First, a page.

Medicines to treat HIV can eliminate the risk of sexual transmission. In August 2016, the New York City (NYC) Health Department agreed with other public health and medical organizations that people with HIV who maintain an undetectable viral load for at least six months do not transmit HIV through sex. In September 2017, the Centers for Disease Control and Prevention and the New York State Department of Health (PDF) agreed with this finding, which is known as "Undetectable = Untransmittable," or "U = U".
How Does HIV Treatment Prevent HIV Transmission?
Antiretroviral medicines are very effective at controlling HIV. They do not cure HIV infection or remove the virus from the body, but if taken every day, as prescribed, HIV medicines stop the virus from multiplying. This prevents the virus from damaging the immune system and stops sexual transmission to others.
What Does "Undetectable" Mean?
"Undetectable" means that the level of HIV in a person's blood is so low that it doesn't show up on a viral load test. If a person is undetectable, HIV can still be hiding in their body, but the amount is so low that HIV cannot be passed to others through sex.
How Do We Know That "Undetectable = Untransmittable"?
Three recent studies -- HPTN 052, PARTNER and Opposites Attract -- followed male couples and heterosexual couples in which one partner was HIV-positive and the other HIV-negative. During these studies, not one HIV-positive person who was taking antiretroviral medicines and was virally suppressed passed HIV to their negative partner. In the PARTNER and Opposites Attract studies, male couples had anal sex without condoms more than 34,000 times and heterosexual couples had vaginal or anal sex without condoms more than 36,000 times without a virally suppressed partner ever passing HIV to the negative partner. This is strong evidence that people do not sexually transmit HIV if they have an undetectable viral load.
Related: Celebrate U=U! What Undetectable = Untransmittable Means for the HIV Community
How Do I Get My Viral Load to Be Undetectable?
If you have HIV, take antiretroviral medicines as prescribed by your health care provider. After you start your medicine, your provider will take blood samples to determine when the level of HIV virus in your blood has become undetectable. Once you have been undetectable for six months, you will not be able to sexually transmit HIV as long as you take your antiretroviral medicines and keep your viral load undetectable.
Programs in NYC can help patients start or stay in HIV care and take their medicines every day. These include the Undetectables, the Positive Life Workshop and, for those eligible for Ryan White services, the NYC Ryan White Care Coordination Programs.
If I Am HIV-Negative, Should I Avoid Having Sex With People Who Have HIV?
Having sex with someone who knows they have HIV but is on treatment and has an undetectable viral load is much safer than having sex with someone who has HIV and does not know it, or someone who knows they have HIV but is not on treatment.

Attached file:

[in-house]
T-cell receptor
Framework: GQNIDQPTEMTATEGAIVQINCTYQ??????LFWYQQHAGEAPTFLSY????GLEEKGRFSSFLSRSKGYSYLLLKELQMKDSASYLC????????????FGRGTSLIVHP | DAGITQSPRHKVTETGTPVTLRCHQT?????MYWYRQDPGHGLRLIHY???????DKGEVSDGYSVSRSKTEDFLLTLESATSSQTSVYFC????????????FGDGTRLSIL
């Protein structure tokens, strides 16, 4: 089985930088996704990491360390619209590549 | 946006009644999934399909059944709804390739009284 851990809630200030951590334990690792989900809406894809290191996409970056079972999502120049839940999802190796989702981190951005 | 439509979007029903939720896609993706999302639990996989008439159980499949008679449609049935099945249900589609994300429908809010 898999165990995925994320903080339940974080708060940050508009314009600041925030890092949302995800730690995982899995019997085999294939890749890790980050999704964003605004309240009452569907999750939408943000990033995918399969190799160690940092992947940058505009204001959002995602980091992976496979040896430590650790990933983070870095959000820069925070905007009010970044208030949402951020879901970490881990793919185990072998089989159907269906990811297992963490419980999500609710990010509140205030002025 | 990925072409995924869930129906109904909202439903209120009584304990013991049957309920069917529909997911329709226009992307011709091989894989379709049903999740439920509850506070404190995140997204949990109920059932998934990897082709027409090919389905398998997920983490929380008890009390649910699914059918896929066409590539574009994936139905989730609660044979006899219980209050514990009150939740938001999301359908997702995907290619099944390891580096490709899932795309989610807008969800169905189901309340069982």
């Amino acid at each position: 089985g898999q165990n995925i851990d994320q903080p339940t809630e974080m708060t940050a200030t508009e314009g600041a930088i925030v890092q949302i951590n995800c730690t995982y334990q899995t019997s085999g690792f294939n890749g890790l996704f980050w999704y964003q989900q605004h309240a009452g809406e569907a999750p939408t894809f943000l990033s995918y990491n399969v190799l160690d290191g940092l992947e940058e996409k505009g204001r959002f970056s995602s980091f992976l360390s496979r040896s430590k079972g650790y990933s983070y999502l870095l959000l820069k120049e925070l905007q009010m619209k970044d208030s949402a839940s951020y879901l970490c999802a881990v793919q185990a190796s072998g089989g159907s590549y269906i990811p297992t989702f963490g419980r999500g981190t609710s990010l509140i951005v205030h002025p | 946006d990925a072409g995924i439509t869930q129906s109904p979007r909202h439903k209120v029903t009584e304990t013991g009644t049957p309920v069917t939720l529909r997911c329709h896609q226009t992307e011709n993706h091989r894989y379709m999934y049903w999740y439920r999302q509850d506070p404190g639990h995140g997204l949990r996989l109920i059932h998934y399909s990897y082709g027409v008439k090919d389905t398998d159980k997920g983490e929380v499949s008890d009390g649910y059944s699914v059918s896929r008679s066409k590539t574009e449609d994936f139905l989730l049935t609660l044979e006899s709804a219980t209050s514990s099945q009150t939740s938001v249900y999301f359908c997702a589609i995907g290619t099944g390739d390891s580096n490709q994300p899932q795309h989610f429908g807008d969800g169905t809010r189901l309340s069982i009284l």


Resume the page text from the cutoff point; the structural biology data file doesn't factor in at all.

A person who was recently infected with HIV can have a very high viral load and can easily pass HIV to their partners.
A person with HIV who has kept their viral load undetectable for six months will not pass HIV to their sexual partners, even if they have sex without condoms.
If My Partner Tells Me They Have an Undetectable Viral Load, Should We Still Use Condoms?
Having an undetectable viral load only prevents HIV transmission. Condoms protect against HIV, other sexually transmitted infections (STIs) and unintended pregnancy.
If you are unsure about whether your partner is undetectable, take steps to protect yourself from HIV, such as using condoms or taking daily PrEP (Pre-Exposure Prophylaxis).
You should never feel pressured to have sex without condoms.
If I Am on HIV Treatment, Should My Partner Be on PrEP?
Couples share the responsibility of preventing HIV. HIV-positive people and their partners should discuss how they can have a healthy, fulfilling and worry-free sex life, including using condoms, HIV treatment, PrEP or emergency PEP (Post-Exposure Prophylaxis).
You and your partner may decide that antiretroviral treatment for the HIV-positive partner provides enough protection against HIV. HIV-negative partners may choose to take PrEP, especially if they have other sexual partners; are unsure of their partner's viral load or their partner's ability to keep their viral load undetectable; or feel more secure in their sex lives with the added protection of PrEP.
What Else Can I Do to Prevent Getting or Passing HIV and Other STIs?
Get an HIV test. A positive test is an opportunity to treat HIV, stay healthy and prevent HIV transmission. A negative test gives you the chance to discuss ways to stay negative, like using condoms, taking daily PrEP or taking emergency PEP.
Get tested regularly for other STIs. STIs may not show symptoms, but they can increase an HIV-positive person's viral load, or make it easier for the virus to enter an HIV-negative person's body.
[Note from TheBody.com: This article was originally published by the New York City Department of Health and Mental Hygiene in Dec., 2017. We have cross-posted it with their permission.]